How to find bliss

Many people have spent much of their life looking for satisfaction, for bliss, for that feeling of being loved. I think I know where to find it. In the roof space of supermarkets.

Let me explain.

I know some people hate them, but I am very fond of supermarket self-checkouts. I like being able to zip through when other people are queuing. I like the speed with which I can make the transaction. And despite the complaints of the 'society is going to the dogs' brigade, I like not having to speak to another person when I'm in a hurry, feeling anti-social or generally not in the mood for inane chat.

If you use a self-checkout regularly you will be so familiar with those little remarks they make. 'Unexpected item in the bagging area' has  become a catchphrase. But there is one of these remarks that often gets missed - and this is why I think there's an opportunity for a feeling of being appreciated up in the ceilings of supermarkets.

The very last remark the machine makes is something like 'Thank you for using the fast lane' (or whatever they call it). But it is timed to play a few seconds after you pick up your bags. Now since the whole point of self-checkout is speed, I am (and I'm sure many others are) well on my way to the door at this point. So that 'Thank you' fails to hit the mark. There's no one there. My supposition is that the sentiment then drifts up to the ceiling to mingle with all the other unaccepted 'Thank you's. (I think 'thank you's are lighter than air, though I have no evidence).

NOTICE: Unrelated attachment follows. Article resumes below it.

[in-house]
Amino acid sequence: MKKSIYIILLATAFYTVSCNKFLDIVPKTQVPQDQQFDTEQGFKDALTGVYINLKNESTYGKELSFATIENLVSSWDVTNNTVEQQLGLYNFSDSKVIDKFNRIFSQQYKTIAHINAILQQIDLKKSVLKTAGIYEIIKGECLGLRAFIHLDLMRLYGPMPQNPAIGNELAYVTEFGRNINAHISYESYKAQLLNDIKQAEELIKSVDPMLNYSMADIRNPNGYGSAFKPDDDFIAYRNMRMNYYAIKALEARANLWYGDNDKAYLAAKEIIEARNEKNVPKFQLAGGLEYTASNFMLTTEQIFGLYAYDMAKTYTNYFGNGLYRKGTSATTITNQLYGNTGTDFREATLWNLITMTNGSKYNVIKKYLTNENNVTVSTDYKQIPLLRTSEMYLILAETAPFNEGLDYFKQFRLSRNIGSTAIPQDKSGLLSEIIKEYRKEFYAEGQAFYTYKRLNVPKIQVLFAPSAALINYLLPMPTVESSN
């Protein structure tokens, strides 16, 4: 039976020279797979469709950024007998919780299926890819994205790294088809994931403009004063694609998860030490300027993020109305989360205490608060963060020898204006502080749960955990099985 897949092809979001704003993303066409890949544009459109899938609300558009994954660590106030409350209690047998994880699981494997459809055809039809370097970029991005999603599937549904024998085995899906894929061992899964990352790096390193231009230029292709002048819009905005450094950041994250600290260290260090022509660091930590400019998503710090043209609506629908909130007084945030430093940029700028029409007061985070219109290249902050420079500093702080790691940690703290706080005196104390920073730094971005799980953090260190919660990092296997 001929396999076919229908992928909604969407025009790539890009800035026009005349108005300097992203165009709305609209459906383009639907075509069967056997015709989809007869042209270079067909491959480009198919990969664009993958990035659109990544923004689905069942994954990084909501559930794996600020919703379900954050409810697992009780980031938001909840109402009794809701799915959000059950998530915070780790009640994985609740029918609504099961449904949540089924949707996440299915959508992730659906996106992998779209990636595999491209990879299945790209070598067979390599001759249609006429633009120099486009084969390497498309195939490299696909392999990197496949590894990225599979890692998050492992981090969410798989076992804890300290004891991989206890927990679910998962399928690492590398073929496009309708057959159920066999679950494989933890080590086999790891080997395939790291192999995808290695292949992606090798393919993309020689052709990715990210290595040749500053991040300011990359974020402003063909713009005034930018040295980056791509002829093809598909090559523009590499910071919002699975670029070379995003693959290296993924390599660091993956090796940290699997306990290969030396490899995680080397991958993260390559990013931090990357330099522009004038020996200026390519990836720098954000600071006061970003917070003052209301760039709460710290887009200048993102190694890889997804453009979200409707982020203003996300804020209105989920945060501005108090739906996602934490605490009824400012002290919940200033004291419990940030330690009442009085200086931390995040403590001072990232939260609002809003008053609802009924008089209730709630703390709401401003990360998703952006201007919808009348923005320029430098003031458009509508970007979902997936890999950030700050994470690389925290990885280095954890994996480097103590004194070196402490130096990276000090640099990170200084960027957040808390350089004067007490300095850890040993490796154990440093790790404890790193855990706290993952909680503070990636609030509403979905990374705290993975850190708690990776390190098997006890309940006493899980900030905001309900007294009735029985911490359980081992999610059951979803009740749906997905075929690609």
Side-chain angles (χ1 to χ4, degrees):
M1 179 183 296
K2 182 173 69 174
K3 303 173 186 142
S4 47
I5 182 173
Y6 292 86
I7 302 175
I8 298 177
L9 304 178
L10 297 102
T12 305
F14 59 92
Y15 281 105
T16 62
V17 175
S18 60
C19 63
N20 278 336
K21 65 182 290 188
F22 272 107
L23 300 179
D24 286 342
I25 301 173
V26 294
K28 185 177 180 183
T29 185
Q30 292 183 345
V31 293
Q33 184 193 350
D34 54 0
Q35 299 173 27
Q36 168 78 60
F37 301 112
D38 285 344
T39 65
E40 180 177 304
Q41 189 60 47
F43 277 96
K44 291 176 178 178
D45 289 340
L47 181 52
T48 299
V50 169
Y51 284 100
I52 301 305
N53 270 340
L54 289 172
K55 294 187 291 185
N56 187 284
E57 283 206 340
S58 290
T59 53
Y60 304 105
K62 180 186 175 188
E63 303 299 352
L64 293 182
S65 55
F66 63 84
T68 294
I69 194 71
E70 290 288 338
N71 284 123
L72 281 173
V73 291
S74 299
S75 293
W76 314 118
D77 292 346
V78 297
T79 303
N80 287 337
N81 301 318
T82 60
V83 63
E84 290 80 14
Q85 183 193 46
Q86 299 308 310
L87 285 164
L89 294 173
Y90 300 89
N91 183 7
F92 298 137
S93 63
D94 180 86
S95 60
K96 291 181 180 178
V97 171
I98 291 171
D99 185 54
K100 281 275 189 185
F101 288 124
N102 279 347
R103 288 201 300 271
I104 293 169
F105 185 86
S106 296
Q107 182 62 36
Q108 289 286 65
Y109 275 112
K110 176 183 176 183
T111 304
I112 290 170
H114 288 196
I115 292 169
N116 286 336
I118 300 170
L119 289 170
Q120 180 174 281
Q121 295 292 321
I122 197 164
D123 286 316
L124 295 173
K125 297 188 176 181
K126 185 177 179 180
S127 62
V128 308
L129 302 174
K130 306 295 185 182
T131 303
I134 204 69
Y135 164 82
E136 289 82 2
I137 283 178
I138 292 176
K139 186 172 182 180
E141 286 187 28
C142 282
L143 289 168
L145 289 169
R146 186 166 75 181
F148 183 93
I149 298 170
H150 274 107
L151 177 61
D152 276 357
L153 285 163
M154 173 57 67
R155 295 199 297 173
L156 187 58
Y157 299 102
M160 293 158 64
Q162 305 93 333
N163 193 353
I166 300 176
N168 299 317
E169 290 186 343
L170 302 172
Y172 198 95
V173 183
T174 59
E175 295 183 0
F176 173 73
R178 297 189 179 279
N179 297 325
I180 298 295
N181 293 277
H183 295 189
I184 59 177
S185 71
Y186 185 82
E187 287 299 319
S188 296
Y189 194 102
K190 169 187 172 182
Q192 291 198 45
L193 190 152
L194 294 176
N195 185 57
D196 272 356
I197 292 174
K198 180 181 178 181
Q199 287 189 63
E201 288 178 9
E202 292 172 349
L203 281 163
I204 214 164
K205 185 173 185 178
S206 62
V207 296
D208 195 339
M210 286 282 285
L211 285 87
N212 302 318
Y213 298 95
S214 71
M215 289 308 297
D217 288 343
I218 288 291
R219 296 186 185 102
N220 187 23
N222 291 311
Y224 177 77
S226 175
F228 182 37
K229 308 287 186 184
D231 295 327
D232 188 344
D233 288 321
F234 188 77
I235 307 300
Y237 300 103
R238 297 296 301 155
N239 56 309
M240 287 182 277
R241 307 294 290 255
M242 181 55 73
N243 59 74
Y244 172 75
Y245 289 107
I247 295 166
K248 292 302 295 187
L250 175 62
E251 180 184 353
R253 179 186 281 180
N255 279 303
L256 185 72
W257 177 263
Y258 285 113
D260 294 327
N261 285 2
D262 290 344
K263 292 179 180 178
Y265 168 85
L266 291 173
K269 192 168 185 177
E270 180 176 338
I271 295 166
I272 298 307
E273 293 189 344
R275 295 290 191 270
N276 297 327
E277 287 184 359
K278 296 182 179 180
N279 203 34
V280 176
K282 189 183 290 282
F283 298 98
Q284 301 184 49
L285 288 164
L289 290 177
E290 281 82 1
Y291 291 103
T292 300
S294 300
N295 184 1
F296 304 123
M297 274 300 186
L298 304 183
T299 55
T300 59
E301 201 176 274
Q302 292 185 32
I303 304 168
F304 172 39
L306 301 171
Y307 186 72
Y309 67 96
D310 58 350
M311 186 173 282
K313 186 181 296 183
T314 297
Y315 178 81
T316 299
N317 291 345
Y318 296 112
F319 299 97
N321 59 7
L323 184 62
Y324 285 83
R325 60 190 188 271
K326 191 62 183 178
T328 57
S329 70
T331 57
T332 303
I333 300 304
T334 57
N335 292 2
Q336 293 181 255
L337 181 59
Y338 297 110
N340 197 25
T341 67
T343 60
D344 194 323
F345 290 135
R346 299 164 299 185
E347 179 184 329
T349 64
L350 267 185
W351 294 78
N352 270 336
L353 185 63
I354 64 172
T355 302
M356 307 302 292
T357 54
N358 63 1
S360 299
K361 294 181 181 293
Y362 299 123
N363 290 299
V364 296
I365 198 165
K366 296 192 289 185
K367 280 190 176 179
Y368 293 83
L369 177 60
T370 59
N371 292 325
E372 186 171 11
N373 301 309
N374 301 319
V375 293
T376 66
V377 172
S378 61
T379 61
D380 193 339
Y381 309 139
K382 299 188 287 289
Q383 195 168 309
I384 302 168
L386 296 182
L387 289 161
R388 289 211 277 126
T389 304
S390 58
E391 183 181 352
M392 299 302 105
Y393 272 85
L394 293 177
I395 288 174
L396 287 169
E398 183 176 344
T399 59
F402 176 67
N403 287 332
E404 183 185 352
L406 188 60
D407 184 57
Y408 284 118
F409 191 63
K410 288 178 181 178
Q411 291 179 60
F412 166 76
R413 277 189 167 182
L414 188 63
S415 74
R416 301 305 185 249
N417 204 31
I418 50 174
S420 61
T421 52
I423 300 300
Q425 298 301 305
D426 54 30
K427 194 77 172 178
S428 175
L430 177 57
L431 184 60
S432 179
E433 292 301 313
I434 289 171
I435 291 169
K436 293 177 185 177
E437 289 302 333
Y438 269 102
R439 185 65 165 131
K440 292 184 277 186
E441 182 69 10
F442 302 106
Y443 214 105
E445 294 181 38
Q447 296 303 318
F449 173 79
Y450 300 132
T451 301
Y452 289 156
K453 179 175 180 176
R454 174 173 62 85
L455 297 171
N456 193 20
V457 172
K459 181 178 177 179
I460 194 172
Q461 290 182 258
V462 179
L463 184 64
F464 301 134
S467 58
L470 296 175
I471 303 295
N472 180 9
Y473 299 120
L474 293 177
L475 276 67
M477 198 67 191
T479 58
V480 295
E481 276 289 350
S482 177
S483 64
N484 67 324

So one day a worker is going to be up there, mending a pipe or something, and his head will enter this pool of unaccepted 'Thank you's. The impact should be quite shocking. It will be as if he has saved the world. There is a distinct danger of falling off the ladder.

So that's it. Want ultimate satisfaction? Search in a supermarket roof space.

Image from Wikipedia


  1. Brian, that was downright sweet. What a concept.

  2. Where do you think the muttered, muffled and swallowed expletives go to?

  3. They sink down and puddle on the floor. Be careful where you step.


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